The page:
Nom du corpus

Corpus Systématique Animale

Titre du document

Life history of the yellow perch, Perca flavescens , in estuarine waters of Severn River, a tributary of Chesapeake Bay, Maryland

Lien vers le document
Éditeur
Springer (journals)
Langue(s) du document
Anglais
Type de document
Research-article
Nom du fichier dans la ressource
Insectes_v2b_00596, Poissons_v2b_001546
Auteur(s)
  • Robert J. Muncy
Affiliation(s)
  • School of Forestry and Wildlife Management, Louisiana State University, Baton Rouge, Louisiana
Résumé

A detailed study on the life history of yellow perch in the Severn River was conducted during 1958. Additional data were collected during 1959, 1960 and 1961 on tag returns and during 1959 on growth of young-of-the-year yellow perch. Spawning took place in March and was restricted to fresh and brackish water areas of the upper Severn River and Run, where salinities were below 2‰ Some egg strands were also found in isolated coves downstream in years of high precipitation. Males arrived on the spawning grounds prior to the females; males remained on these areas over longer periods. The size composition of spawning stock, was fairly constant throughout the spawning period. A fecundity study indicated that there was a direct relationship between the number of eggs produced and the size of the female. Hatching success of eggs was found to be adversely affected by salinity and silt. Adult yellow perch marked on the Severn River spawning grounds remained within the system since only one out of 176 tagged fish recaptured by anglers was taken outside the river. Tag returns also indicated that marked fish dispersed over the entire river system largely during the summer months. In the fall, tags were recovered in the upper half of the Severn River, an area with salinities from fresh water to 7‰, but females were caught in greatest numbers farther downstream. After tagging, nylon streamer tags were returned for two years, but Petersen disk tag returns were spread over a four-year period. Angler harvest was 11 per cent for 1958, 2 per cent for 1959, and 1 per cent for 1960 and 0.1 per cent for 1961 or a total 13.9 per cent of the 1261 yellow perch tagged. Comparison of the size classes of recaptured fish against the numbers tagged in that size class revealed no angler selectivity. Food habits of young-of-the-year yellow perch were similar to those of the same species in freshwater habitat; small crustaceans and insects, especiallyChironomous sp. were the major food items. Growth rates of estuarine yellow perch were greater than that recorded for most freshwater habitats but were variable between year classes. Five adult yellow perch tagged in 1955 and 1956 provided checks on the validity of annuli as age indicators; annuli were present for each year following marking. Abundance of young-of-the-year yellow perch in the Severn River appeared to be related to the commercial catch in the upper Chesapeake Bay three and four years later and to the spawning run in the Severn River four years later.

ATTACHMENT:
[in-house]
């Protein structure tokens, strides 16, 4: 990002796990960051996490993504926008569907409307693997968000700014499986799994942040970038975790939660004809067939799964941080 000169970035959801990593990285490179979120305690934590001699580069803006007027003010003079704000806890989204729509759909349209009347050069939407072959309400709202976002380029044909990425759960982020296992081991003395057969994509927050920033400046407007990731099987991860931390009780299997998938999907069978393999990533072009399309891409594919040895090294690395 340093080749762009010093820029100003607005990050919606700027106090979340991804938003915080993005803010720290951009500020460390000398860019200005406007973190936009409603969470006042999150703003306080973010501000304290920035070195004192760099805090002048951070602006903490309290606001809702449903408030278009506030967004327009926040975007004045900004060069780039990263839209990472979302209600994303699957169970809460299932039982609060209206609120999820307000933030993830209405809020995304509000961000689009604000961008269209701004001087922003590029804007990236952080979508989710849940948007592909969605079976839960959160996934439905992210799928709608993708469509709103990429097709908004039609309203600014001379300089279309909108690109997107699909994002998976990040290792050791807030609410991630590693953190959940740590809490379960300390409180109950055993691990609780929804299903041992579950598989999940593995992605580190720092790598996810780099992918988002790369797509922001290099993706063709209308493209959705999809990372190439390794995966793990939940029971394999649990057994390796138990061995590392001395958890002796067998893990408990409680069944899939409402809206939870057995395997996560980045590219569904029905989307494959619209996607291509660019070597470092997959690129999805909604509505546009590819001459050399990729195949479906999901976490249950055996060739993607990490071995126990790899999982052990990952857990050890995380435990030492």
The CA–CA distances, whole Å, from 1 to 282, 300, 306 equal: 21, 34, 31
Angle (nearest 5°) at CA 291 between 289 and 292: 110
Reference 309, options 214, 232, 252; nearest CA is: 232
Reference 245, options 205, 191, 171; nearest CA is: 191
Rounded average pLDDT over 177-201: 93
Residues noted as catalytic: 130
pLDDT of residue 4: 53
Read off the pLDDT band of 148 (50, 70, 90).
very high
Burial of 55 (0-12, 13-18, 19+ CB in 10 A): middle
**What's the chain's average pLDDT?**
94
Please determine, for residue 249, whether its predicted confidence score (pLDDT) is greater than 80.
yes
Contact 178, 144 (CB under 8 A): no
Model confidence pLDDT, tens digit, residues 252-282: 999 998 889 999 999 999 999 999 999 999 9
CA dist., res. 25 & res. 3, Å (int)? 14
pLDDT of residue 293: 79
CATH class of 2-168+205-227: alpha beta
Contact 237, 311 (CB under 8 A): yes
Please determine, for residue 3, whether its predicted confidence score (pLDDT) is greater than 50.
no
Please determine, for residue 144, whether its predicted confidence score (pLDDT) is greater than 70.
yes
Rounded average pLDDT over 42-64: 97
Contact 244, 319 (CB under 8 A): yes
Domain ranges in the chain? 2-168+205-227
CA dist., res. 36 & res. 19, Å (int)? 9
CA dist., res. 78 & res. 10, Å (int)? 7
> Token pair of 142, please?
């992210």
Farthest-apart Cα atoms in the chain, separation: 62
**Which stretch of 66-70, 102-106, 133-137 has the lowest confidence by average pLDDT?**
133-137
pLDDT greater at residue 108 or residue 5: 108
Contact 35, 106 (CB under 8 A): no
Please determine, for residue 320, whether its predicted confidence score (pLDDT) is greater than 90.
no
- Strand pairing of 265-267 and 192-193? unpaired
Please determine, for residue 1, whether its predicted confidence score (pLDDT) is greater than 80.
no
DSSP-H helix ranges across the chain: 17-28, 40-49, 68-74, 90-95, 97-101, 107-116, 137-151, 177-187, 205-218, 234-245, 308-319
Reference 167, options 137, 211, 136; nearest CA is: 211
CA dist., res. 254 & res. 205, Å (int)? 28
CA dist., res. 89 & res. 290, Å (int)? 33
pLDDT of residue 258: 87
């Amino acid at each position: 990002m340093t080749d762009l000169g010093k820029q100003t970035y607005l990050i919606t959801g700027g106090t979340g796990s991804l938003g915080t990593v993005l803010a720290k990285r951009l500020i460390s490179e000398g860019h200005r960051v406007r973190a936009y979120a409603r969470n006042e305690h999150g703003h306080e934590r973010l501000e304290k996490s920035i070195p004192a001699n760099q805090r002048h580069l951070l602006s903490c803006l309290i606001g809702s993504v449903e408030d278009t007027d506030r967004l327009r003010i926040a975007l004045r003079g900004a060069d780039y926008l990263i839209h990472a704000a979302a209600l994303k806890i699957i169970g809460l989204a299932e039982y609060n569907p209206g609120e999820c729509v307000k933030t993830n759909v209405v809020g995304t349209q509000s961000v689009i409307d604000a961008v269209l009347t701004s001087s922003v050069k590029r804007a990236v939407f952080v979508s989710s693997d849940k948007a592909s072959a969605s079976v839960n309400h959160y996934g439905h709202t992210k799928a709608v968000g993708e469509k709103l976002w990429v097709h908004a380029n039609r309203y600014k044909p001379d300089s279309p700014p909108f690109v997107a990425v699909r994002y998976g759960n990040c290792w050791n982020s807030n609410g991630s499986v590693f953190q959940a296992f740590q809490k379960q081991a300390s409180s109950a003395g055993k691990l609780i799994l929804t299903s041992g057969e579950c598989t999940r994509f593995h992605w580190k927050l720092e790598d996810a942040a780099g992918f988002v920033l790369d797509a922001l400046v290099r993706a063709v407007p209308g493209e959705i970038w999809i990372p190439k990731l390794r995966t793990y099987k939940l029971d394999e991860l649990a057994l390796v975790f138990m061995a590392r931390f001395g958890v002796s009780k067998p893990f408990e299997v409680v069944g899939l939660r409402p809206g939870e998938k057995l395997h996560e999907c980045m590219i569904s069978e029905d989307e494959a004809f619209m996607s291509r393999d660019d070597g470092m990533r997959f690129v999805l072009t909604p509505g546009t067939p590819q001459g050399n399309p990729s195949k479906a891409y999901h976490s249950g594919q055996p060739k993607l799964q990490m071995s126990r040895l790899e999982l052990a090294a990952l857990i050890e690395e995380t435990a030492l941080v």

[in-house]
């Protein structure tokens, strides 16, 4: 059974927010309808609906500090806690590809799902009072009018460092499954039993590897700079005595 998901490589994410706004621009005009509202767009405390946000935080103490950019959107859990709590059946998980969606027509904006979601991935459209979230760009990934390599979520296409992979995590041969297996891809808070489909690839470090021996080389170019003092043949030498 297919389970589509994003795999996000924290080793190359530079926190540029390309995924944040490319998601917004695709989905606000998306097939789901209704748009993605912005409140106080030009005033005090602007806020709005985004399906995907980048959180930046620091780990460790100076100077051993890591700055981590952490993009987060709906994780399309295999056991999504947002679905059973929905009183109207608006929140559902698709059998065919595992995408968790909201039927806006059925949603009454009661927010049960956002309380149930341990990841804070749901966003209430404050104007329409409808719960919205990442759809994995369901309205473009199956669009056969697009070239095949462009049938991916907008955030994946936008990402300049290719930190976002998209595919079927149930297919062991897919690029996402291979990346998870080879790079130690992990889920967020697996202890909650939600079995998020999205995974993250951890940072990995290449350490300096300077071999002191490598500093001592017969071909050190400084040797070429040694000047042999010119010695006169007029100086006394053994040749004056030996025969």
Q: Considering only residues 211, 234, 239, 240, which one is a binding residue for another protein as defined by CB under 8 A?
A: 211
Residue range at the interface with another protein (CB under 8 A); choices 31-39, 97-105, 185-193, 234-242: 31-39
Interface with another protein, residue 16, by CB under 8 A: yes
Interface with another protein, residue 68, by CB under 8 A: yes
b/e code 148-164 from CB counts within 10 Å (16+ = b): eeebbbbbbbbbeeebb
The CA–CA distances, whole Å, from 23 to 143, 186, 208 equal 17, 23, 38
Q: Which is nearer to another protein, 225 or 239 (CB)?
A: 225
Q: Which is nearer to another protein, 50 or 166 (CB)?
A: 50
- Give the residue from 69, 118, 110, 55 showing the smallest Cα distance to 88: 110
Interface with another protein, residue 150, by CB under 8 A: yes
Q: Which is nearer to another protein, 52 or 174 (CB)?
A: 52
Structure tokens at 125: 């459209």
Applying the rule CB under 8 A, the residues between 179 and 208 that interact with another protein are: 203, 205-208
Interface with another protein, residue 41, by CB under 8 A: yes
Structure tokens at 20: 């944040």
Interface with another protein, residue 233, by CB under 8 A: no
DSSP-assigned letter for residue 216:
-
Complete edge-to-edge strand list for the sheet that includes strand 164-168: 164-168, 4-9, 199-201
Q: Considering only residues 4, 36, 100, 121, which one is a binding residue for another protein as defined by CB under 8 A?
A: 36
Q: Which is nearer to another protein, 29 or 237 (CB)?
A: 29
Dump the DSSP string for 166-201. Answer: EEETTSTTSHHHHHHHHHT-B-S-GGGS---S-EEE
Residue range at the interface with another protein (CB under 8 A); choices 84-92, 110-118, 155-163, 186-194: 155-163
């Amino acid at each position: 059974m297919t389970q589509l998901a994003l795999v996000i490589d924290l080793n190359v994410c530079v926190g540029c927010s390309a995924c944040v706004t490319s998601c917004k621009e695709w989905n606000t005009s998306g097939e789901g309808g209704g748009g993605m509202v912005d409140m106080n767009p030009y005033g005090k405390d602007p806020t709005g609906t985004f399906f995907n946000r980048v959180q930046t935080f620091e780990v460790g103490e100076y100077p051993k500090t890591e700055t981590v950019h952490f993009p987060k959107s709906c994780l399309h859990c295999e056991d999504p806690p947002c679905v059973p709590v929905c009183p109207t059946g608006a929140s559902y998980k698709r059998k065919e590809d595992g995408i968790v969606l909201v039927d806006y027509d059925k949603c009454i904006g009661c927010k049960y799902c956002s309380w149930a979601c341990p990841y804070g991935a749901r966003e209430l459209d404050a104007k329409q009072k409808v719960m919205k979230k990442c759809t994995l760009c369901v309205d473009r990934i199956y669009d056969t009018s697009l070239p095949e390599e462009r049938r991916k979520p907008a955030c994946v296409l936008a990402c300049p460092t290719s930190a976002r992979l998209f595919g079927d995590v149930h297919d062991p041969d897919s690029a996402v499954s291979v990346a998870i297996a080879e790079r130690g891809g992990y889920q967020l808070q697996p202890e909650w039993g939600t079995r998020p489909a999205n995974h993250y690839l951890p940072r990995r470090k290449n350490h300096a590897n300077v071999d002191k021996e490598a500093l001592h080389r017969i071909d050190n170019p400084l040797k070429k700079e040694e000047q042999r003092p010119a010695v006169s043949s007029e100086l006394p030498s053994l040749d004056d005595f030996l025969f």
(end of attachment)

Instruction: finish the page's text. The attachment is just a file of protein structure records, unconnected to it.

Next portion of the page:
Catégories INIST
  • 1 - sciences appliquees, technologies et medecines
  • 2 - sciences biologiques et medicales
  • 3 - sciences biologiques fondamentales et appliquees. psychologie
Catégories Scopus
  • 1 - Life Sciences ; 2 - Agricultural and Biological Sciences ; 3 - Aquatic Science
  • 1 - Physical Sciences ; 2 - Chemistry ; 3 - General Chemistry
  • 1 - Physical Sciences ; 2 - Chemical Engineering ; 3 - Catalysis
Identifiant ISTEX
F9638FFC9AAB891AA0B82F829E96D7017EC5C811
Revue

Chesapeake Science

Année de publication
1962
Présence de XML structuré
Non
Version PDF
1.3
Score qualité du texte
10
Sous-corpus
  • Insectes
  • Poissons
Type de publication
Journal
ark:/67375/1BB-58JMZRFN-1
Powered by Lodex 9.3.8